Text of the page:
UP IN SMOKE: The kind of smoke which signifies autumn, is a different kettle of fish from the type wafting from summer barbeques isn’t it? Autumnal smoke means business. It has work to do, and is not as transient, as that of a barbeque, merely there to feed a group of people on a summer evening. It sticks around, and becomes entwined with the dampness and the mist, and hovers, never too far away, so that when we sniff the autumn air, we discover smoke somewhere in every breath. When the smoke from garden bonfires meets up with its counterpart, the homelier chimney smoke, the two have a rendezvous at our expense, gliding through the air like two inebriated sailors. We watch them weaving and flirting, with no apparent destination. Flames the colour of pumpkins make short work of fallen leaves, then, when the dreg ends of summer’s foliage are added to the flames, the smoke reacts, billowing one minute, then teasing us with just a thin stream, like a favourite uncle with tricks up his sleeve. Guy Fawkes is immanent and we plan for the mother of all bonfires. This is to be no common or garden flare. A guy is to be burned (is this really necessary? It seems so unkind. Why burn something so wistful and appealing), but this is a macabre interlude, so up he goes, banished by the flames into a ghoulish night, wearing cast off clothes which were once the be all and end all. We sit around the flames, mesmerised still long after the last firework has taken a bow. Firelight creates in us a kind of duplicity. Our faces glow (everyone in firelight has a certain beauty) yet behind us our backs feel the chill, and are still at one with the ghoulish night. Everyone tells a story, something chilling and gruesome, but in the morning there is calm. The flames take on the dry leaves and simple twigs of autumn, so relieved to be Joe ordinary once more, and no longer the star of the show.

JUMBLE SALE: Tomorrow, Saturday, in Iden village hall, there is a Cricket Club jumble sale, at 1pm. Our Cricket Club jumble sales are an Aladdin’s cave, and full of bargains. Everyone loves a jumble sale don’t they? Toys, clothes, books, and bric-a-brac abound. There is something for everyone. I always seem to buy a fish slice. (Every jumble sale seems to have a fish slice on the bric-a-brac stall), and it’s nice to have one in use, one in the dishwasher, and a couple in the drawer, but whatever floats your boat, it’s bound to be there amongst the jumble in the village hall tomorrow, so come and have a good rummage.

A SERVICE OF HOLY COMMUNION: There is a service of Holy Communion in Iden Parish Church, on Sunday at 9.30 am.

TONIGHT IN IDEN VILLAGE HALL: The Iden and District Natural History Society are having a lecture entitled Travels Of A Whale-watching Naturalist, by Judith Scott. Tonight’s lecture, the Breda and Ernie Burt’s Memorial Lecture, starts at 7.30pm. Visitors pay £3. Refreshments are available, and everyone is welcome. These talks are of a very high standard, and so much can be learnt about the natural history in our own area, the British Isles in general, and various other countries.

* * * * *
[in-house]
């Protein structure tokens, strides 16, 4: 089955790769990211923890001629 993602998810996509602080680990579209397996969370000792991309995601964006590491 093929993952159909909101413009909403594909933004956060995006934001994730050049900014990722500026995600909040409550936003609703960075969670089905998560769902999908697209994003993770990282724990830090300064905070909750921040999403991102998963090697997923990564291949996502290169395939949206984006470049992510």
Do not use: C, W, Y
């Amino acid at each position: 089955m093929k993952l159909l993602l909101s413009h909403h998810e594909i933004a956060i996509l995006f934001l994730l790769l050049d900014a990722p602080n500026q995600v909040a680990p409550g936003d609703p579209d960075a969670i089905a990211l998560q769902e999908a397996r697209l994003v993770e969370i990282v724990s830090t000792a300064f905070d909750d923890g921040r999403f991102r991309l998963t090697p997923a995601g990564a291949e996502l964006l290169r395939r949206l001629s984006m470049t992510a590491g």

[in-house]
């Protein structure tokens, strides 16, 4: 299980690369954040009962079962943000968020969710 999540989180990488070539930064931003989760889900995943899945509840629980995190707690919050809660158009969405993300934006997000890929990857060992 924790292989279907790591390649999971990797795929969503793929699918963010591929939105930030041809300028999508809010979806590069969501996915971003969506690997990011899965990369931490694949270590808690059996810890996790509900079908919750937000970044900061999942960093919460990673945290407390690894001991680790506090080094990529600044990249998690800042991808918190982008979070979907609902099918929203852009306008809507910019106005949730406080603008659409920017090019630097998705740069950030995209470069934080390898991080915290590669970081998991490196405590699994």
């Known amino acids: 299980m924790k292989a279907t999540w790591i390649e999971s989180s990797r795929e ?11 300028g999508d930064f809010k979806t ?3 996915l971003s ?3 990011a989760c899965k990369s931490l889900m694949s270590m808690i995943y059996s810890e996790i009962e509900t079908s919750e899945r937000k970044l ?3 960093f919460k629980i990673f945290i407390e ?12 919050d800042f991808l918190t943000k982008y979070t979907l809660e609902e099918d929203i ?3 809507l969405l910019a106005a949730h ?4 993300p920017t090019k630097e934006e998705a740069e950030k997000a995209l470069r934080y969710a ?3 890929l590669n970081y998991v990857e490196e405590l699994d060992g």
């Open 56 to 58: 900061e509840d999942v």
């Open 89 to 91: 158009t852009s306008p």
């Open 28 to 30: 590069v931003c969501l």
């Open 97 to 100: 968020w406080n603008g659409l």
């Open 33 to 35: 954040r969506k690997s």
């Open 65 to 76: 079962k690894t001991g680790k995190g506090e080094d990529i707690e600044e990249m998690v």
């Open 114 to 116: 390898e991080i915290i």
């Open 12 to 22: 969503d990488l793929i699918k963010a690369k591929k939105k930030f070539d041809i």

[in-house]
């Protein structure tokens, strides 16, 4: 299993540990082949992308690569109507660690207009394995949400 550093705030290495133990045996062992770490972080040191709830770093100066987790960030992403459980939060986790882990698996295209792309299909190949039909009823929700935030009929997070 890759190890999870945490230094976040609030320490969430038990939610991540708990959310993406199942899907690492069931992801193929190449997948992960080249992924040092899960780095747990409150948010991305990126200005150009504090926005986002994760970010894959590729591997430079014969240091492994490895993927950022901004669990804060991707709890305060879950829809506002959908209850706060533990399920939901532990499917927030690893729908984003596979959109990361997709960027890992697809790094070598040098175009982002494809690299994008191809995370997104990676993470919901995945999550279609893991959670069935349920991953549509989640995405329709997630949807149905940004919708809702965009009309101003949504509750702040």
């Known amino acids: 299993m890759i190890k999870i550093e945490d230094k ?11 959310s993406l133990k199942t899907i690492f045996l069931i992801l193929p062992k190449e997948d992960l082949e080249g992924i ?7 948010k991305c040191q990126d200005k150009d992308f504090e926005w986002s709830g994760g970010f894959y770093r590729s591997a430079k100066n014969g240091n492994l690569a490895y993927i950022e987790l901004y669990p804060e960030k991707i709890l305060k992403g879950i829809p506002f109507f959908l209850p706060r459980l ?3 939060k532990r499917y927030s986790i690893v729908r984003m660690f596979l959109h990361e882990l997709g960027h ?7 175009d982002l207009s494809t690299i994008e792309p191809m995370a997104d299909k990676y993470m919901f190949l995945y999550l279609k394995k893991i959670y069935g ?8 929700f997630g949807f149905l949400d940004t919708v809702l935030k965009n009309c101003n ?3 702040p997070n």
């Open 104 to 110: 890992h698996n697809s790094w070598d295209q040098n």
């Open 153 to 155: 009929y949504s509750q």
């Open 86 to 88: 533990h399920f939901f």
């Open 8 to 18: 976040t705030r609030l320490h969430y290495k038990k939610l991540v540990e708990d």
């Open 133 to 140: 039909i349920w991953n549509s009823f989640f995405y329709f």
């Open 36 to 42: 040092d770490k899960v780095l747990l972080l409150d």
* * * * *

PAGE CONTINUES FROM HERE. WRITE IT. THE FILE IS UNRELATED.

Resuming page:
THE POP-IN: Do come along to Iden village hall on Monday morning. It’s the Pop-In. Doors open at 11am, for a chat, and coffee/tea and biscuits. Everyone is welcome.

BINGO: The next Bingo session is on Thursday in Iden village hall. Doors open at 2pm, eyes down at 2.30pm. Anyone from the Rye area is welcome. Afternoon Bingo can be convenient for many, who don’t like turning out at night. There is a flier, a jackpot, and a raffle. A light tea is provided. It’s great fun, and a nice get-together.

SHORT-MAT BOWLS: Every Wednesday afternoon is short-mat bowls, in Iden village hall. It’s fun, and very good exercise. Everyone is welcome. It’s from 2pm to 4pm. Do come along and give it a try. For details, please ring Teresa Parsons (telephone 01797-280-143).

IN A STEW: Speaking of autumn, isn’t it time to put stew on the menu? We’ve started already with this glorious muddle of meat and veg. It’s such a homely meal? Yet faced with a stew in the middle of July, we’d probably run towards the shelter of a ham salad. Stew is such a one pot wonder. Every stray tomato and wan piece of celery can join the party. ‘Hop on board’, the gravy seems to say (It’s the hospitality of a stew which is so endearing). ‘Are we too late,’ enquires that bit of sweet corn, that’s been lurking in freezer since Adam was a boy. ‘Heavens no, we’ve only just started’ (the gravy is speaking again). A few red peppers go in, that’s okay, but hold the garlic (I hear Grandpa is coming). ‘How about we elevate this stew to casserole status,’ says a (know it all) voice. We’ll add a stack of rosti potatoes, and perhaps a few spears of asparagus. ‘Who’s your friend? Excuse me, we’re having a stew here, something heart-warming, and renowned for it’s simplicity (honestly, some people).’ A stew has no time for frippery .It is not out to impress. It’s object is to nourish us, and shield us from the cold. The freshest, perkiest vegetables, bend down and pretend to limp along, helping the less attractive vegetables into the pot. ‘Wait for us’, call out a couple of mushrooms (such dawdlers). A stew is a, considerate, kindly dish, and tomorrow, we’re adding a can of plum tomatoes, some baked beans, a tin of stewed steak and a couple more stock cubes. Our stew is being stretched to infinity. Welcome to autumn.

CONTACT ME: If anyone has anything to add to the Village Voice, please contact Gill Griffin (telephone 01797-280-311).

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